Jordan in pictures and words (pt.2 aka Petra)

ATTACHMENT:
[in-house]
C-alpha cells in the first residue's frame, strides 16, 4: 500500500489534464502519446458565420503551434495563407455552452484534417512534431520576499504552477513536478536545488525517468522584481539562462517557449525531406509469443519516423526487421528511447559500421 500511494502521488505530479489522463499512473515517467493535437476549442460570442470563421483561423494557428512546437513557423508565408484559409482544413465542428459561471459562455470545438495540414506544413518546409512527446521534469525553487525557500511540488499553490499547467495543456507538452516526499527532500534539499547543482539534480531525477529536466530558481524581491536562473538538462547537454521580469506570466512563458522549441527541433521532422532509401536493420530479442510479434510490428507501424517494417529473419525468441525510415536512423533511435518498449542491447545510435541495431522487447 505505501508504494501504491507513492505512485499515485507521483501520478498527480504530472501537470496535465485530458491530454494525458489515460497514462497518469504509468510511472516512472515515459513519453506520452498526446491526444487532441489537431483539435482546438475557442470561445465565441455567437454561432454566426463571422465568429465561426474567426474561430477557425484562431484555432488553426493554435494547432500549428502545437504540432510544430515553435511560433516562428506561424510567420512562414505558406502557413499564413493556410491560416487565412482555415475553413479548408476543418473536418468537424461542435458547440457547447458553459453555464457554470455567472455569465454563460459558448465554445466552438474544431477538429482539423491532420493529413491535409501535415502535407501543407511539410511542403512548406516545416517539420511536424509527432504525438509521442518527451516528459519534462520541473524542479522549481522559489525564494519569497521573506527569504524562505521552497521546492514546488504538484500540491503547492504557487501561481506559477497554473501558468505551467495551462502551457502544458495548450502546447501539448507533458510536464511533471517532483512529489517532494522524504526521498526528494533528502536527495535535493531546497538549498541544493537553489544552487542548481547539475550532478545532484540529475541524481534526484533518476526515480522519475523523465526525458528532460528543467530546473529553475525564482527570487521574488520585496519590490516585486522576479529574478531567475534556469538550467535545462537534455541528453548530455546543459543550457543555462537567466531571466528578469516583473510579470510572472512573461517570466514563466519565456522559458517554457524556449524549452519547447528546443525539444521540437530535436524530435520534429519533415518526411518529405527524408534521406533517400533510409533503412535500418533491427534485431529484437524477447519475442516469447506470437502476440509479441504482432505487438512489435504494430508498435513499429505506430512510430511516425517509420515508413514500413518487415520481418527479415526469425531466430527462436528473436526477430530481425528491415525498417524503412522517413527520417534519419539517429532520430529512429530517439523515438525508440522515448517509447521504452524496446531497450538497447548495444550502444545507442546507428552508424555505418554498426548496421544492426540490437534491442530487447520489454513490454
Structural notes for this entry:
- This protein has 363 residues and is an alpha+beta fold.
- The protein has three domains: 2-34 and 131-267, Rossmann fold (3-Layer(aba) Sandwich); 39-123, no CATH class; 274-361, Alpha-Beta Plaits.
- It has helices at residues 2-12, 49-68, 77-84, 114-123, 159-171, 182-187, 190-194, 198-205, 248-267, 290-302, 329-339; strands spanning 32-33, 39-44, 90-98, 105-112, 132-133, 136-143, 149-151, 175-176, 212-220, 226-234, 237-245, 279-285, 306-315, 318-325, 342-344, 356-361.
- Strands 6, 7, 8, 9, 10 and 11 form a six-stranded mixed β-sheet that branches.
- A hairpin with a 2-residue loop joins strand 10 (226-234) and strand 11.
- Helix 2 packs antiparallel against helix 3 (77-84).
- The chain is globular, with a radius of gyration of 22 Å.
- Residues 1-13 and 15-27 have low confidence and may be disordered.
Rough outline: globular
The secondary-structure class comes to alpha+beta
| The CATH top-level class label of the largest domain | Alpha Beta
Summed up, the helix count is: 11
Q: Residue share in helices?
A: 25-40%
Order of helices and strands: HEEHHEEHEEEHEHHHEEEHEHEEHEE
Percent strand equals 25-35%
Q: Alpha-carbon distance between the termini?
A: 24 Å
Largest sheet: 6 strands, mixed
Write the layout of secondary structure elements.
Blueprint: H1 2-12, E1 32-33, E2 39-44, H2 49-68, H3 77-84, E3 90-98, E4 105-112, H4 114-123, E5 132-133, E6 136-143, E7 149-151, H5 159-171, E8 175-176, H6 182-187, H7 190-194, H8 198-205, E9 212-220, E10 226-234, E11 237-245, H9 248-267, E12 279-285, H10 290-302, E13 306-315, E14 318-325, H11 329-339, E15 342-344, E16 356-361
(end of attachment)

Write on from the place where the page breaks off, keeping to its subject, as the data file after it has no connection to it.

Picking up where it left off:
I am going to start this by being totally candid. Everything I knew about Petra up to last month, I only knew because in high school I had a friend whose older sister's name was Petra and it intrigued me. I remember meeting her and scrambling home to look it up in an Encyclopedia because, yes, it was long enough ago that I didn't have home internet and Wikipedia. So that was my first introduction to this magnificent place... fast forward fourteen years and I found myself with an unexpected extra day off in Jordan. I originally didn't plan on going to Petra at all because I thought I should take two days there (which I didn't have) but then I found out it could be done in a day trip from Amman. Then I didn't plan on going because it seemed like it was really expensive and I wondered if I would feel like it was worth it. I was completely and utterly wrong and in retrospect would even pay more if it helps to conserve the site.